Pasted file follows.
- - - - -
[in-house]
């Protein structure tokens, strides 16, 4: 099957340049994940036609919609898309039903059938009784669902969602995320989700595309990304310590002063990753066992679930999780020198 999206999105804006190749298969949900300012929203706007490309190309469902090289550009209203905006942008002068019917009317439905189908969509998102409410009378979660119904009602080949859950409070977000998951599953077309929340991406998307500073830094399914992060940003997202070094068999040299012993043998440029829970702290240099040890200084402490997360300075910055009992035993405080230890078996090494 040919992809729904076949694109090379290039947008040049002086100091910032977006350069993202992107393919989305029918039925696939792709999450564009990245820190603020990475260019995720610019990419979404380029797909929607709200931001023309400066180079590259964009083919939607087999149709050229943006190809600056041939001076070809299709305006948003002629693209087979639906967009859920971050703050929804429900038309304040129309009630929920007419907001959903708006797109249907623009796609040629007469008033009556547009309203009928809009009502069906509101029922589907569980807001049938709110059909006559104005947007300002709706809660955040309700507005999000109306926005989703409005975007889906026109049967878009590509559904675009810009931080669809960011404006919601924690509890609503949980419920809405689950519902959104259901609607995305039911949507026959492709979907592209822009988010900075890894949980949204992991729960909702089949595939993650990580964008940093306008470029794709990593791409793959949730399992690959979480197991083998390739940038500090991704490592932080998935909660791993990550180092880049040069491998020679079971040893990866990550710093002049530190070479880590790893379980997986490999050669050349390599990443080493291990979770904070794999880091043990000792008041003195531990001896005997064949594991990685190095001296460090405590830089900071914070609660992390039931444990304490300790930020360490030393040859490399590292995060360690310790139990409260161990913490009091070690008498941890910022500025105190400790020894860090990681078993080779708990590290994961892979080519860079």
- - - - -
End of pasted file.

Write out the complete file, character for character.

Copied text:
[in-house]
């Protein structure tokens, strides 16, 4: 099957340049994940036609919609898309039903059938009784669902969602995320989700595309990304310590002063990753066992679930999780020198 999206999105804006190749298969949900300012929203706007490309190309469902090289550009209203905006942008002068019917009317439905189908969509998102409410009378979660119904009602080949859950409070977000998951599953077309929340991406998307500073830094399914992060940003997202070094068999040299012993043998440029829970702290240099040890200084402490997360300075910055009992035993405080230890078996090494 040919992809729904076949694109090379290039947008040049002086100091910032977006350069993202992107393919989305029918039925696939792709999450564009990245820190603020990475260019995720610019990419979404380029797909929607709200931001023309400066180079590259964009083919939607087999149709050229943006190809600056041939001076070809299709305006948003002629693209087979639906967009859920971050703050929804429900038309304040129309009630929920007419907001959903708006797109249907623009796609040629007469008033009556547009309203009928809009009502069906509101029922589907569980807001049938709110059909006559104005947007300002709706809660955040309700507005999000109306926005989703409005975007889906026109049967878009590509559904675009810009931080669809960011404006919601924690509890609503949980419920809405689950519902959104259901609607995305039911949507026959492709979907592209822009988010900075890894949980949204992991729960909702089949595939993650990580964008940093306008470029794709990593791409793959949730399992690959979480197991083998390739940038500090991704490592932080998935909660791993990550180092880049040069491998020679079971040893990866990550710093002049530190070479880590790893379980997986490999050669050349390599990443080493291990979770904070794999880091043990000792008041003195531990001896005997064949594991990685190095001296460090405590830089900071914070609660992390039931444990304490300790930020360490030393040859490399590292995060360690310790139990409260161990913490009091070690008498941890910022500025105190400790020894860090990681078993080779708990590290994961892979080519860079």